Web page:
6 Design Tips for Non-Designers | Digital Marketing Experts

We’re all designers in some way, whether it’s designing with our words, our outfits, or our morning commutes. And occasionally, the average person gets to design with pixels.

Bake-sale flyers, lost dog posters, personal blogs, personal brands — the purpose of all of these functions better if they are well designed.

Contrary to popular belief, design isn’t just about aesthetics; good design revolves around functionality. So for those who don’t attend design school, this post is for you. Rather than a technical how-to, the following tips are some principles to keep in mind.

Before we begin, let’s learn this overarching idea:


Invisible doesn’t mean boring, but good design doesn’t need to be flashy; it just needs to work for its intent. Everything we talk about here will relate to this concept.

1. Typefaces (fonts) give us signals

We often underestimate the power of typefaces. Just like each of us has a different voice, we read each typeface in a different tone. Just like people, all fonts have a “personality and purpose” (source) and subconsciously communicate more than just the words they spell out.

Typefaces can be fun, but you should generally limit your use of them in any given space. Too many different typefaces can be distracting. Good typefaces have multiple weights, or thicknesses. If you find a good typeface, it generally comes in a “font-family”. A font family is:

“A collection of typefaces in different weights and classifications, but having the same point size, and designed to work together. For example, a Times Roman font family may include Times Roman Bold, Times Roman Extra Bold, Times Roman Italic, Times Roman Bold Italic, Times Roman Condensed, etc., all in the same size.” (source)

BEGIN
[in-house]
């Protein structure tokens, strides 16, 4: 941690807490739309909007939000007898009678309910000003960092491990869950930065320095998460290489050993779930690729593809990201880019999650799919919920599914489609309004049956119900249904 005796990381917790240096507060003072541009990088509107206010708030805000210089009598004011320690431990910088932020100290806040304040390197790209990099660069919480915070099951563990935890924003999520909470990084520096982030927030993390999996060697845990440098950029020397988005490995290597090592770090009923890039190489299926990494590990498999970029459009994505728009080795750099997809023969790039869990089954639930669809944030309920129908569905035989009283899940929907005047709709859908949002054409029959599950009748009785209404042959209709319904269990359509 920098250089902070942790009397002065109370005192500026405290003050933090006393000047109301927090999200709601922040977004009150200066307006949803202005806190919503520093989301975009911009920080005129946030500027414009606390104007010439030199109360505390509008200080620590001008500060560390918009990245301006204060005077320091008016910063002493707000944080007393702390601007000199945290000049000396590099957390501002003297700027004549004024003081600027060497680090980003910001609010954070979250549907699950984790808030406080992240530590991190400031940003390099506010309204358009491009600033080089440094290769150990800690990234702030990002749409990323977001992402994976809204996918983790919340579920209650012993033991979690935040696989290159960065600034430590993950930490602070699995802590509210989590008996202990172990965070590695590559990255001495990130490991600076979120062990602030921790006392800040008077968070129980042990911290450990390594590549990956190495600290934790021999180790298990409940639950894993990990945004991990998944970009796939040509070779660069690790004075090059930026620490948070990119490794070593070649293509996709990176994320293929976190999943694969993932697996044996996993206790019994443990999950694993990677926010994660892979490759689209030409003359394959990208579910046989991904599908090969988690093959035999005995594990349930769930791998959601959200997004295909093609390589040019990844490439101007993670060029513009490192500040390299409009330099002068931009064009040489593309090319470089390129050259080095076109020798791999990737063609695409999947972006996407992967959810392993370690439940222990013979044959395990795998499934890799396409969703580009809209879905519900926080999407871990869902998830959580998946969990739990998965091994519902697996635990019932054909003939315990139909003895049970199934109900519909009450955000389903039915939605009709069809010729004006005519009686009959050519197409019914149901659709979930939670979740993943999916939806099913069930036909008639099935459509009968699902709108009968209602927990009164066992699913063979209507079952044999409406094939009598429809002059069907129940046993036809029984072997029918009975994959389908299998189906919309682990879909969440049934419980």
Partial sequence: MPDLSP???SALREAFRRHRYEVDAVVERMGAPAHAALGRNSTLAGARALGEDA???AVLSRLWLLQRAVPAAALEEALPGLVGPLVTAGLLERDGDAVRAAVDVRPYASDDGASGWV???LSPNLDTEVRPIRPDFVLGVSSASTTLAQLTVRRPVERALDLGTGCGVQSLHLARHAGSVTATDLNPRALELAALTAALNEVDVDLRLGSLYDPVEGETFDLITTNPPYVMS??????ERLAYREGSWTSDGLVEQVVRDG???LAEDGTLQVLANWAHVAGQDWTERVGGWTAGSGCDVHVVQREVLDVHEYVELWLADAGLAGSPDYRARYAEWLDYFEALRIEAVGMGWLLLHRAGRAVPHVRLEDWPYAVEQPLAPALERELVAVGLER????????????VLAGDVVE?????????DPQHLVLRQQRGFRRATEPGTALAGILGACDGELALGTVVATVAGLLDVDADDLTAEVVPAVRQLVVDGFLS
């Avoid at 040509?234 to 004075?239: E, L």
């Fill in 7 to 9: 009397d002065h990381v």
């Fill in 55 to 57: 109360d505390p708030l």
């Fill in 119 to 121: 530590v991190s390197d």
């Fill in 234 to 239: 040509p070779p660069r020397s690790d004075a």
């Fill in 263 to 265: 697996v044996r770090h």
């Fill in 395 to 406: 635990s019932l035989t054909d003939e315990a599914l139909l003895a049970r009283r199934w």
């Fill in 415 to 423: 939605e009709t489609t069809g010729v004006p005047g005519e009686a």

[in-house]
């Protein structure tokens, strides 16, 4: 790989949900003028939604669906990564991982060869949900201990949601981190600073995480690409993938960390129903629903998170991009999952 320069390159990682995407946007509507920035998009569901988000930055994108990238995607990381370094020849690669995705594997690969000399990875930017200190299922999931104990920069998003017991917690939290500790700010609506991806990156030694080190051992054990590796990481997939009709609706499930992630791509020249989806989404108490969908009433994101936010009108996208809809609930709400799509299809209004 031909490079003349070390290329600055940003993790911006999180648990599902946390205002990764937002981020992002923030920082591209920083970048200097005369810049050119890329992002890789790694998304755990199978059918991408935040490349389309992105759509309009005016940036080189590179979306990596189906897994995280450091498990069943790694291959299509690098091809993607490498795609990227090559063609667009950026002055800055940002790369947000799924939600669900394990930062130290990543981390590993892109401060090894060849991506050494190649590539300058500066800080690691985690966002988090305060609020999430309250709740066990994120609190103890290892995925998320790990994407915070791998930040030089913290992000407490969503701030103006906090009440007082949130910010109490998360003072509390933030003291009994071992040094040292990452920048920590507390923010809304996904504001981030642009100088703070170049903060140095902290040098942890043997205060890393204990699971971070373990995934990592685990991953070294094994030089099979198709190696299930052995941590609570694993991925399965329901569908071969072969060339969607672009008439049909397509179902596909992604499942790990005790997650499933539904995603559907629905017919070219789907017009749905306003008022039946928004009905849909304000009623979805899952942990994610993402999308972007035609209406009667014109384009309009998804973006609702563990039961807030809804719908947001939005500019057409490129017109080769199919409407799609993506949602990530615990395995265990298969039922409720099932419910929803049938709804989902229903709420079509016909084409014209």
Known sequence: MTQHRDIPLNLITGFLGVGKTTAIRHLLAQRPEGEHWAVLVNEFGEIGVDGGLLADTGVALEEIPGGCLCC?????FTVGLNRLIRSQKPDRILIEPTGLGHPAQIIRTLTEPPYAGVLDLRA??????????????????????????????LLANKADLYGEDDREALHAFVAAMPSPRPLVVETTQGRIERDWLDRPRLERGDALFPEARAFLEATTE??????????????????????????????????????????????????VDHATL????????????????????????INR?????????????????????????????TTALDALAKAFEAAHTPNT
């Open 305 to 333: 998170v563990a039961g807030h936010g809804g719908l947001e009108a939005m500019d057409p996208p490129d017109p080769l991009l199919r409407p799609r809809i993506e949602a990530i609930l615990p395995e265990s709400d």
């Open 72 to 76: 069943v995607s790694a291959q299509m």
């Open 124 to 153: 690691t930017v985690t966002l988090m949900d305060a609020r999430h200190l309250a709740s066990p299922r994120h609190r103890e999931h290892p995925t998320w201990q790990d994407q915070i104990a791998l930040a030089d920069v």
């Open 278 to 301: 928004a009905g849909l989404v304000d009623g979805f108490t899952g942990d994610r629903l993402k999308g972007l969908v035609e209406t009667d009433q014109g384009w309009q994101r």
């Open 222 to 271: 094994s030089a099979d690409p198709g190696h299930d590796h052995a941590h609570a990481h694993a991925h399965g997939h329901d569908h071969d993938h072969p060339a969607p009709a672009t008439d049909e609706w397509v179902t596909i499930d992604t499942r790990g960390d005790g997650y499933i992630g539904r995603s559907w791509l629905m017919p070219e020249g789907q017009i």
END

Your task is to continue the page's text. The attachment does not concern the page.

Font families are great to use because they are designed to work together, and therefore won’t distract from each other.

Google fonts has a variety of font families that you can download for free.


2. Don’t be scared of whitespace

Whitespace is simply the negative space in any design. It’s the space without text or other elements. While it’s tempting to fill all the space we have with wonderful designs, whitespace is crucial because it allows room for the eyes to travel and the mind to absorb the information presented. It can also frame information in a way that drives the eyes of the audience to focus on it.

Importance of Whitespace

image via here

Read more about whitespace here.


3. Hierarchy is a big deal

Hierarchy is incredibly important in design. While it’s tempting to cram every cool element you want to show off on your homepage, or every little detail into a logo, people can only focus on one thing at a time. It’s a designer’s job to move people’s eyes around the space they are designing to have them focus on specific things at specific times. This comes from having an intentional hierarchy and good layout.

And speaking of general layout, design on a grid. Grids are helpful because they organize information in logical ways that the brain can quickly process. Design is communication; we want to clearly communicate messages to our audiences.